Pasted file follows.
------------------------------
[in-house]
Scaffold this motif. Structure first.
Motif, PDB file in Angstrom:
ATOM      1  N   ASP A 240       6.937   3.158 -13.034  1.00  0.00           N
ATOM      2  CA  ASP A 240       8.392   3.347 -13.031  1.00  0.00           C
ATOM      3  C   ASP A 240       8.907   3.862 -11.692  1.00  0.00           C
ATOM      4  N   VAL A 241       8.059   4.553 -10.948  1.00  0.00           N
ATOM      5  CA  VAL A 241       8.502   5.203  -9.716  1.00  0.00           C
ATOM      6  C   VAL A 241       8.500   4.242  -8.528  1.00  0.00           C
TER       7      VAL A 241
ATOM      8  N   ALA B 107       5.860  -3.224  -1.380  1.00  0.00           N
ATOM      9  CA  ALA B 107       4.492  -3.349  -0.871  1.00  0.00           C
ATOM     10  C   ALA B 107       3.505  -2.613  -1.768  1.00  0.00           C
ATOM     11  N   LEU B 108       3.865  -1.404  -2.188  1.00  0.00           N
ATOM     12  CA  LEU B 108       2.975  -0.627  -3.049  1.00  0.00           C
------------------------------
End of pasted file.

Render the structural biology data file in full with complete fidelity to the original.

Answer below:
[in-house]
Scaffold this motif. Structure first.
Motif, PDB file in Angstrom:
ATOM      1  N   ASP A 240       6.937   3.158 -13.034  1.00  0.00           N
ATOM      2  CA  ASP A 240       8.392   3.347 -13.031  1.00  0.00           C
ATOM      3  C   ASP A 240       8.907   3.862 -11.692  1.00  0.00           C
ATOM      4  N   VAL A 241       8.059   4.553 -10.948  1.00  0.00           N
ATOM      5  CA  VAL A 241       8.502   5.203  -9.716  1.00  0.00           C
ATOM      6  C   VAL A 241       8.500   4.242  -8.528  1.00  0.00           C
TER       7      VAL A 241
ATOM      8  N   ALA B 107       5.860  -3.224  -1.380  1.00  0.00           N
ATOM      9  CA  ALA B 107       4.492  -3.349  -0.871  1.00  0.00           C
ATOM     10  C   ALA B 107       3.505  -2.613  -1.768  1.00  0.00           C
ATOM     11  N   LEU B 108       3.865  -1.404  -2.188  1.00  0.00           N
ATOM     12  CA  LEU B 108       2.975  -0.627  -3.049  1.00  0.00           C